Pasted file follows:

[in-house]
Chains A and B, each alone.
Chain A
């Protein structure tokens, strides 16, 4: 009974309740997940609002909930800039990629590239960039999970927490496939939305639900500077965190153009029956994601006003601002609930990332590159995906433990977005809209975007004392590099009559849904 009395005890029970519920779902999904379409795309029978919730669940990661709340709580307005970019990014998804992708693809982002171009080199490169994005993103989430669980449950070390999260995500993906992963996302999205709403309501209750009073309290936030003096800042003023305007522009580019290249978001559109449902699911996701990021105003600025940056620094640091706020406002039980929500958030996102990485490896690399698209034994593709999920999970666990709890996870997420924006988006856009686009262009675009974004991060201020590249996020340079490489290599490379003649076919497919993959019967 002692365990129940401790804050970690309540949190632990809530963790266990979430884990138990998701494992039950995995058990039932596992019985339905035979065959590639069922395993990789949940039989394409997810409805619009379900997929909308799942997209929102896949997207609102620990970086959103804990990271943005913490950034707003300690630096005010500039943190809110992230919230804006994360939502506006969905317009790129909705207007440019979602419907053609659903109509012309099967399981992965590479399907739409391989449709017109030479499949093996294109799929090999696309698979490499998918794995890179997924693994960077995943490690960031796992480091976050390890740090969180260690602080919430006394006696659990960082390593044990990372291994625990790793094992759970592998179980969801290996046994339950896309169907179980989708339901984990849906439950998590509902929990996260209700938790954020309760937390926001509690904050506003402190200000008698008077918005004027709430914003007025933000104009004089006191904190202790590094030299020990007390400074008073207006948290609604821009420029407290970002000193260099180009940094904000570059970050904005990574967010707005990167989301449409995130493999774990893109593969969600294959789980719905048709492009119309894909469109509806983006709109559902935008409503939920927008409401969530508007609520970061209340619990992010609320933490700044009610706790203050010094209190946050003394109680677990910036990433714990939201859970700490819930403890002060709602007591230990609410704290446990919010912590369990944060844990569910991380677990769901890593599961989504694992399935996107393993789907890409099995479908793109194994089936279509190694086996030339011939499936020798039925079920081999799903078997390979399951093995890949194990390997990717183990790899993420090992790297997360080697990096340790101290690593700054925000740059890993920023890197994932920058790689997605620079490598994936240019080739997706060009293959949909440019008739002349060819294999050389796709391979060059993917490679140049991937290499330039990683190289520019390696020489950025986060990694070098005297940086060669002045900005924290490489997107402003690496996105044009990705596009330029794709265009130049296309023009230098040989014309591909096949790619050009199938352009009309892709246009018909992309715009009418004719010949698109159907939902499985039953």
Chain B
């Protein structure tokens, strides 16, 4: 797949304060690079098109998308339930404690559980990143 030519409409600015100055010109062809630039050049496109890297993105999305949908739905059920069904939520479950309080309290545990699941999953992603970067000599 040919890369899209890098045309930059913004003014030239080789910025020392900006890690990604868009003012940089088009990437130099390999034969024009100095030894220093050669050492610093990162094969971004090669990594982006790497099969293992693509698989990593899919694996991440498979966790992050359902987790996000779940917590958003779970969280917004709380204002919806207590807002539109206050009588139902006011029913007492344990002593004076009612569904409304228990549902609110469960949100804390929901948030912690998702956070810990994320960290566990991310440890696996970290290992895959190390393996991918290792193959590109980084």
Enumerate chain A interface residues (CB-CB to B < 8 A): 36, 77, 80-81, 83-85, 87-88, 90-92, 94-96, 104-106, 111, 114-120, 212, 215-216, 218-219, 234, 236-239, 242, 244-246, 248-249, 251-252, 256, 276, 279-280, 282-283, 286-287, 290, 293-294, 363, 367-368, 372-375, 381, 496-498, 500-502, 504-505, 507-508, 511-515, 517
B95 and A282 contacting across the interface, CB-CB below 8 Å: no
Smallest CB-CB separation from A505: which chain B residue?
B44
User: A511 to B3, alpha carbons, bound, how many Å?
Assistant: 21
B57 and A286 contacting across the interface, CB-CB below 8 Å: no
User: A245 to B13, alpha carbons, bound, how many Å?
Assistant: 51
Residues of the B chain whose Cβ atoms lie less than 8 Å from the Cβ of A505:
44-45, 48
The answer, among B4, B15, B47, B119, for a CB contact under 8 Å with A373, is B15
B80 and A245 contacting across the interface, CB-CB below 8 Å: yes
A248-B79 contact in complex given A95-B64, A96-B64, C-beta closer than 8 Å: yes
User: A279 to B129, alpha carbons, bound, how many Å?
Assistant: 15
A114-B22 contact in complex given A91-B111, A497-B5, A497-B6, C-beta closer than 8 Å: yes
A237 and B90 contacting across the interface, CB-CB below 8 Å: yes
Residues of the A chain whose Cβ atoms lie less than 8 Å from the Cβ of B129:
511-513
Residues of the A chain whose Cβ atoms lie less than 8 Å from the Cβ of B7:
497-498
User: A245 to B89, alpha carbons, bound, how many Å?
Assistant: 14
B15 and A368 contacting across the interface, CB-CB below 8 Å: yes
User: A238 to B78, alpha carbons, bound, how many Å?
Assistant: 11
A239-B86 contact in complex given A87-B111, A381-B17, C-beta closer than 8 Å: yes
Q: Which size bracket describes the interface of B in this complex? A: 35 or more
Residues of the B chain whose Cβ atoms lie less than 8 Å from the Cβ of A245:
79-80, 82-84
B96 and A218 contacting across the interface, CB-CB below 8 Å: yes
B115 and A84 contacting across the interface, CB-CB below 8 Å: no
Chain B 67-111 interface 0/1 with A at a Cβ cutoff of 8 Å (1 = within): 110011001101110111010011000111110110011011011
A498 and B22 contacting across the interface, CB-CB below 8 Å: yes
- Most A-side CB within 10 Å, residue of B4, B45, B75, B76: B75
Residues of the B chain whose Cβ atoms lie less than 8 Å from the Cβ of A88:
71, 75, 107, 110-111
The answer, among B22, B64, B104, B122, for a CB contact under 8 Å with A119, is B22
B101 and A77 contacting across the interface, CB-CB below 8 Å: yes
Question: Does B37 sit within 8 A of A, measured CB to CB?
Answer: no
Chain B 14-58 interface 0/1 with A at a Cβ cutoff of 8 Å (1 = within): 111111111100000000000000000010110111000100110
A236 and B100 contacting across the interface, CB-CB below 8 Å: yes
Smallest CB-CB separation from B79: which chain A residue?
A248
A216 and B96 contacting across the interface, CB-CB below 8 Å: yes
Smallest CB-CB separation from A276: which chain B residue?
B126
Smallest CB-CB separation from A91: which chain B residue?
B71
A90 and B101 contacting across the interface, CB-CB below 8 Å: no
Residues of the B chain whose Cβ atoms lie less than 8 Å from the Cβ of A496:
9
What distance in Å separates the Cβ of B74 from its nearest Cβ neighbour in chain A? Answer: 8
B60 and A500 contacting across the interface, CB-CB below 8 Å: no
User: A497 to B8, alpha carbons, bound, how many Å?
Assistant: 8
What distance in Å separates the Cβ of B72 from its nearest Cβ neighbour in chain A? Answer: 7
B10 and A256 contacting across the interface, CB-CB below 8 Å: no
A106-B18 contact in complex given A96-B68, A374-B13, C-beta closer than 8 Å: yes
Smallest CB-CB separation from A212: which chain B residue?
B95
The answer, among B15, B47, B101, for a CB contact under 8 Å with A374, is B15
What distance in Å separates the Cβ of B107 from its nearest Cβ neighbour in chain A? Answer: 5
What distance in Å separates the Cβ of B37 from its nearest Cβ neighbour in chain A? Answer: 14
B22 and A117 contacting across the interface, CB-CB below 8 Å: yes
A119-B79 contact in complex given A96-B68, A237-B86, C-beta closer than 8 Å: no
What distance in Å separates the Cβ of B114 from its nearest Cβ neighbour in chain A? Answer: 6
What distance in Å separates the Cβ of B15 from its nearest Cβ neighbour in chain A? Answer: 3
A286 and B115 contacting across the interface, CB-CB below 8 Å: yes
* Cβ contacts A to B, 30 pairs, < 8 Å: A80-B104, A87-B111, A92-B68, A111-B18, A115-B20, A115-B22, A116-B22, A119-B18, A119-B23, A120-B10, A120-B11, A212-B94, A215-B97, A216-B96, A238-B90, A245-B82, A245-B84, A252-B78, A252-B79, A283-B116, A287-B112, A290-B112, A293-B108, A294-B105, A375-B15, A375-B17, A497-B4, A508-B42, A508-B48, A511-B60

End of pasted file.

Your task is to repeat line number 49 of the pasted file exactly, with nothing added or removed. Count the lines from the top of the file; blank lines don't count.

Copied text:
Chain B 14-58 interface 0/1 with A at a Cβ cutoff of 8 Å (1 = within): 111111111100000000000000000010110111000100110